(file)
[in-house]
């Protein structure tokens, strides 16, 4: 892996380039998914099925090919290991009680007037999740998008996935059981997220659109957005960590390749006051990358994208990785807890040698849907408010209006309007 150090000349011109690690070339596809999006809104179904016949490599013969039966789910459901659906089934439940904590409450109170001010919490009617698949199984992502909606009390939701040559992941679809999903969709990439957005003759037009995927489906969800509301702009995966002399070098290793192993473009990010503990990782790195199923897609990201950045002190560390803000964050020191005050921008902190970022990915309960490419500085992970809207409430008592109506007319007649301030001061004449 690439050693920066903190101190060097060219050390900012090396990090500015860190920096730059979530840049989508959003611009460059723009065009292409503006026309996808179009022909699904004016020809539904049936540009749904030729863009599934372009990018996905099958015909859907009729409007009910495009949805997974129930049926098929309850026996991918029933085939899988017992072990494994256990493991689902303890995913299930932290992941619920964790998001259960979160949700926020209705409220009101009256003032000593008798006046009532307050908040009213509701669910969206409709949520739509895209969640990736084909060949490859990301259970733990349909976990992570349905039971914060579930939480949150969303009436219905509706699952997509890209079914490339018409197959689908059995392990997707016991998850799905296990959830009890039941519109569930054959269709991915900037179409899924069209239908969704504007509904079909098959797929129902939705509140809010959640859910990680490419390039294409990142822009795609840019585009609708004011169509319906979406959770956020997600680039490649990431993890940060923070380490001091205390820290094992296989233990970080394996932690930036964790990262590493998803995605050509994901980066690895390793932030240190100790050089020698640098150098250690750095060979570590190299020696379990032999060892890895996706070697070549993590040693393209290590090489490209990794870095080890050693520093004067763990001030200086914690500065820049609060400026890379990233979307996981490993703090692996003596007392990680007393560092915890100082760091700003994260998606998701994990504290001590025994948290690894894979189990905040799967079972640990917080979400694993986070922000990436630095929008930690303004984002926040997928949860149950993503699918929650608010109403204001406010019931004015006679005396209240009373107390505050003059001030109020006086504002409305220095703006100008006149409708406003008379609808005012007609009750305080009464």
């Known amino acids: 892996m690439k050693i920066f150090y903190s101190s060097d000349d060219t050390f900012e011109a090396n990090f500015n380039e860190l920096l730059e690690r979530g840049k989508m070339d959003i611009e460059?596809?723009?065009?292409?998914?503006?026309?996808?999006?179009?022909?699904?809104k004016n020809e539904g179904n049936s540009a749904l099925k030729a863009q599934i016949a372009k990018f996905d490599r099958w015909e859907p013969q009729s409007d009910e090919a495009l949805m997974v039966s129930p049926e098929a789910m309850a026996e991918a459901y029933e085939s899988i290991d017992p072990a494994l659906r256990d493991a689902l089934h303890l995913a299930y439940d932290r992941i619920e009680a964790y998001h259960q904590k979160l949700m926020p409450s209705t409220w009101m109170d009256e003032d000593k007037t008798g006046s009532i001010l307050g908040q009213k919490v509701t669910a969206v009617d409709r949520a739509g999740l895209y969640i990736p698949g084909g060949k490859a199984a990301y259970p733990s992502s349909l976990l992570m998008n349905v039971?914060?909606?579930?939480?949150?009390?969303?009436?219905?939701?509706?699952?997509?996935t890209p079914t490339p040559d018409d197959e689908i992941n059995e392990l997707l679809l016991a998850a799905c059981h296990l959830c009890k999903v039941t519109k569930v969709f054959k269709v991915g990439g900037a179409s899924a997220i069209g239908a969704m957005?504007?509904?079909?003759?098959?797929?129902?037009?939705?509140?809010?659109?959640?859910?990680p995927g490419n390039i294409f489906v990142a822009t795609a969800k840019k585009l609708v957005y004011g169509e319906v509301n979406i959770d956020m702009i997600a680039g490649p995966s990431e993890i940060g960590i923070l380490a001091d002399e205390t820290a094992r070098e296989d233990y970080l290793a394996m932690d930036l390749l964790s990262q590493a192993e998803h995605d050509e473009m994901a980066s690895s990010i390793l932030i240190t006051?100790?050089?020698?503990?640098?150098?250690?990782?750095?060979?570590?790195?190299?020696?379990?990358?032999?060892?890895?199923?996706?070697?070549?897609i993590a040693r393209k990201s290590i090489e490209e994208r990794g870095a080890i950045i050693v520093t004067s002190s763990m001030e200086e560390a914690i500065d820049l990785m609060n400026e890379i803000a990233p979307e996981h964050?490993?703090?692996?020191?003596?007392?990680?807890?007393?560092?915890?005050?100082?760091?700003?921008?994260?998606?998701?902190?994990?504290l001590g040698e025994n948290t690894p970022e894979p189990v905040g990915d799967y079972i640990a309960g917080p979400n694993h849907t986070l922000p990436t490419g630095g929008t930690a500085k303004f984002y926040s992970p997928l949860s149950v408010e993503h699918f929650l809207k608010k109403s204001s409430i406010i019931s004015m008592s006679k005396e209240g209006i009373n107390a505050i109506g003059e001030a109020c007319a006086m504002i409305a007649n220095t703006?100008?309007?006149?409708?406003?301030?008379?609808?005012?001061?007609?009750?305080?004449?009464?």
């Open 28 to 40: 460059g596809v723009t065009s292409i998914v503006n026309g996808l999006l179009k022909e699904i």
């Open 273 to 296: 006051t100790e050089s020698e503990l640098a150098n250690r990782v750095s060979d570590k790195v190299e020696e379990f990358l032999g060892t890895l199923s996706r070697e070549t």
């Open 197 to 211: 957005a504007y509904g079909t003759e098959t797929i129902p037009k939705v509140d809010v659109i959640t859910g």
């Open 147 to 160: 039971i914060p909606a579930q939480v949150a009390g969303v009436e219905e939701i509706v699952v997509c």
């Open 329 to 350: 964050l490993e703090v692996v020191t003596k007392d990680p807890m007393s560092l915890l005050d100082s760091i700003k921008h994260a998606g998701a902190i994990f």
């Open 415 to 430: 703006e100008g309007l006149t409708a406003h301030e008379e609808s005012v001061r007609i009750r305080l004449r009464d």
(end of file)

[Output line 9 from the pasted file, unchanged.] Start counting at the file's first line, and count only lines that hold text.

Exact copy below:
């Open 415 to 430: 703006e100008g309007l006149t409708a406003h301030e008379e609808s005012v001061r007609i009750r305080l004449r009464d």